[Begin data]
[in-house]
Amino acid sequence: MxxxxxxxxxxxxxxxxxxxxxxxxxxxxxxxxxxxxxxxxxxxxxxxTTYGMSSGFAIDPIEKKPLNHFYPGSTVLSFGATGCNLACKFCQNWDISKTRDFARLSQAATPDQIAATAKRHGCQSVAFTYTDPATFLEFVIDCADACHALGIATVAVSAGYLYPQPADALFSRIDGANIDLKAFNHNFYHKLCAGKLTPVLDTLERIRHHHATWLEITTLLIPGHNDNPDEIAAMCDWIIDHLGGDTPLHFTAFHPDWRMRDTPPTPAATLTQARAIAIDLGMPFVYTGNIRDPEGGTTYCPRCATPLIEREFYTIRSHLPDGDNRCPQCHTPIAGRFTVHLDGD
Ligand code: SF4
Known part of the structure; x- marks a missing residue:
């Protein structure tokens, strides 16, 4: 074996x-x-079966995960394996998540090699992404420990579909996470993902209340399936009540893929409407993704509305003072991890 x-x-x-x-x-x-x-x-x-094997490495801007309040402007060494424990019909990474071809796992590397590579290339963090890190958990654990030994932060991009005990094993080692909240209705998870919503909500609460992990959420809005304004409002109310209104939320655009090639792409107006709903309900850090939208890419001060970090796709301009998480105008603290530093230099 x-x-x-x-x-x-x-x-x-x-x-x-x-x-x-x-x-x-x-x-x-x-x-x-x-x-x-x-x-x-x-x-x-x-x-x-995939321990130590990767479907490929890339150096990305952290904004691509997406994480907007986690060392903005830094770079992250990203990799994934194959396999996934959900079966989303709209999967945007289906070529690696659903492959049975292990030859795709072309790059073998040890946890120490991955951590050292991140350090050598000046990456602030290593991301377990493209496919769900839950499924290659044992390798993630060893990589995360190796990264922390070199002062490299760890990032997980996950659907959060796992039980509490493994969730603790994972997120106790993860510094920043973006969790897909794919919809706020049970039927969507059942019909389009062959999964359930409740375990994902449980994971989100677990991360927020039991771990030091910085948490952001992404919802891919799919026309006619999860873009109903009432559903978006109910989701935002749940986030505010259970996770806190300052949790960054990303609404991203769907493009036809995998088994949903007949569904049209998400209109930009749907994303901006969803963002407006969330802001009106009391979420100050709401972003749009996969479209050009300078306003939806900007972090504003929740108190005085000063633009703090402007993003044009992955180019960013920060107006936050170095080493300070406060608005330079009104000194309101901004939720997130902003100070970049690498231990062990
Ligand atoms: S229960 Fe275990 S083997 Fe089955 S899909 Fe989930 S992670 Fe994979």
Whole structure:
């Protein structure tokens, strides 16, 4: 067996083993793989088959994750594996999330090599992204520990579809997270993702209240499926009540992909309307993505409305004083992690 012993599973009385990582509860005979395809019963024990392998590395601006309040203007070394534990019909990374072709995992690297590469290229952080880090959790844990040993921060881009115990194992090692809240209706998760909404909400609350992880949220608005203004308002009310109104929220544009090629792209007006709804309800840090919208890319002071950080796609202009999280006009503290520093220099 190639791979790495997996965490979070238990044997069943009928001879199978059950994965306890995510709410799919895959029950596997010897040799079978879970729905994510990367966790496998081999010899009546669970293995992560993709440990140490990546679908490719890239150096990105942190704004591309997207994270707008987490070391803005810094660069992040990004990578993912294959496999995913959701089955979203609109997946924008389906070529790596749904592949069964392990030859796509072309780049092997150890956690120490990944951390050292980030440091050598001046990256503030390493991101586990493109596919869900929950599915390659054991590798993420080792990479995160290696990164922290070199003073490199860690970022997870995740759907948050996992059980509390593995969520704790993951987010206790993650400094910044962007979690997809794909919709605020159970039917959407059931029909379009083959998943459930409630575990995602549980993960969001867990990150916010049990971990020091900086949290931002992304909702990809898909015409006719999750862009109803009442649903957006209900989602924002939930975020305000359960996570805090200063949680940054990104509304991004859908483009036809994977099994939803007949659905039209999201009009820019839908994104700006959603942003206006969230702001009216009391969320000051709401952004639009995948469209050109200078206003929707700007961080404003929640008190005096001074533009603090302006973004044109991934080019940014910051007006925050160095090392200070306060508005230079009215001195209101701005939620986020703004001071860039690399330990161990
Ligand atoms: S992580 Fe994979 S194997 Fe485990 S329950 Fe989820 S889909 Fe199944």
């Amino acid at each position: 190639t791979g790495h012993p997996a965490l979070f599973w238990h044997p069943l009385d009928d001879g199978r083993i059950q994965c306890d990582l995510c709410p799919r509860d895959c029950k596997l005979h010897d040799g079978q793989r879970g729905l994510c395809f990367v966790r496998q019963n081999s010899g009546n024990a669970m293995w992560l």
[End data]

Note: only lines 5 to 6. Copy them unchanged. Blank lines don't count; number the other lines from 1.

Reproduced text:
């Protein structure tokens, strides 16, 4: 074996x-x-079966995960394996998540090699992404420990579909996470993902209340399936009540893929409407993704509305003072991890 x-x-x-x-x-x-x-x-x-094997490495801007309040402007060494424990019909990474071809796992590397590579290339963090890190958990654990030994932060991009005990094993080692909240209705998870919503909500609460992990959420809005304004409002109310209104939320655009090639792409107006709903309900850090939208890419001060970090796709301009998480105008603290530093230099 x-x-x-x-x-x-x-x-x-x-x-x-x-x-x-x-x-x-x-x-x-x-x-x-x-x-x-x-x-x-x-x-x-x-x-x-995939321990130590990767479907490929890339150096990305952290904004691509997406994480907007986690060392903005830094770079992250990203990799994934194959396999996934959900079966989303709209999967945007289906070529690696659903492959049975292990030859795709072309790059073998040890946890120490991955951590050292991140350090050598000046990456602030290593991301377990493209496919769900839950499924290659044992390798993630060893990589995360190796990264922390070199002062490299760890990032997980996950659907959060796992039980509490493994969730603790994972997120106790993860510094920043973006969790897909794919919809706020049970039927969507059942019909389009062959999964359930409740375990994902449980994971989100677990991360927020039991771990030091910085948490952001992404919802891919799919026309006619999860873009109903009432559903978006109910989701935002749940986030505010259970996770806190300052949790960054990303609404991203769907493009036809995998088994949903007949569904049209998400209109930009749907994303901006969803963002407006969330802001009106009391979420100050709401972003749009996969479209050009300078306003939806900007972090504003929740108190005085000063633009703090402007993003044009992955180019960013920060107006936050170095080493300070406060608005330079009104000194309101901004939720997130902003100070970049690498231990062990
Ligand atoms: S229960 Fe275990 S083997 Fe089955 S899909 Fe989930 S992670 Fe994979």